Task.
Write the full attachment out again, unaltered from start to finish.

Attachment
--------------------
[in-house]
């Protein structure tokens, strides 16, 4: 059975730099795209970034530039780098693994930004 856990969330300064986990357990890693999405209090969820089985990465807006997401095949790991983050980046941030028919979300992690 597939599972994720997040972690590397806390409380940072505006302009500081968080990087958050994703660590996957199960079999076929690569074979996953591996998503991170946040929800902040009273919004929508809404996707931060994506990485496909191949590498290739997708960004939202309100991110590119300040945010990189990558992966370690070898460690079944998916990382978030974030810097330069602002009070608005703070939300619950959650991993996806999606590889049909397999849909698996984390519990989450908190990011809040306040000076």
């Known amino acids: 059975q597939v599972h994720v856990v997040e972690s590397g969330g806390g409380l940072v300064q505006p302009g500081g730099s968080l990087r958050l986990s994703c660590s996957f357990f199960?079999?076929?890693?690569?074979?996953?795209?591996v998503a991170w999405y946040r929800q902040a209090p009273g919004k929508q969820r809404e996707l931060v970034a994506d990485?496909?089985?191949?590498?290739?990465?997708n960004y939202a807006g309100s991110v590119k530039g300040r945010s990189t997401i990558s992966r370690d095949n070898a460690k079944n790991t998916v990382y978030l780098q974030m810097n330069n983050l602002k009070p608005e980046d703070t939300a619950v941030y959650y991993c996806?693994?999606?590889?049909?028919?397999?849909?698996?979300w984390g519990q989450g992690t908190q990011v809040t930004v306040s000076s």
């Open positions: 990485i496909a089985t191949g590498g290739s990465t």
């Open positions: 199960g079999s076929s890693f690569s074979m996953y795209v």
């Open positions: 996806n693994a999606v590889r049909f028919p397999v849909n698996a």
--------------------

[in-house]
């Protein structure tokens, strides 16, 4: 059975730099795209970034530039780098693994930004 856990969330300064986990357990890693999405209090969820089985990465807006997401095949790991983050980046941030028919979300992690 597939599972994720997040972690590397806390409380940072505006302009500081968080990087958050994703660590996957199960079999076929690569074979996953591996998503991170946040929800902040009273919004929508809404996707931060994506990485496909191949590498290739997708960004939202309100991110590119300040945010990189990558992966370690070898460690079944998916990382978030974030810097330069602002009070608005703070939300619950959650991993996806999606590889049909397999849909698996984390519990989450908190990011809040306040000076």
């Known amino acids: 059975q597939v599972h994720v856990v997040e972690s590397g969330g806390g409380l940072v300064q505006p302009g500081g730099s968080l990087r958050l986990s994703c660590s996957f357990f199960?079999?076929?890693?690569?074979?996953?795209?591996v998503a991170w999405y946040r929800q902040a209090p009273g919004k929508q969820r809404e996707l931060v970034a994506d990485?496909?089985?191949?590498?290739?990465?997708n960004y939202a807006g309100s991110v590119k530039g300040r945010s990189t997401i990558s992966r370690d095949n070898a460690k079944n790991t998916v990382y978030l780098q974030m810097n330069n983050l602002k009070p608005e980046d703070t939300a619950v941030y959650y991993c996806?693994?999606?590889?049909?028919?397999?849909?698996?979300w984390g519990q989450g992690t908190q990011v809040t930004v306040s000076s």
């Open positions: 990485i496909a089985t191949g590498g290739s990465t």
């Open positions: 199960g079999s076929s890693f690569s074979m996953y795209v």
């Open positions: 996806n693994a999606v590889r049909f028919p397999v849909n698996a």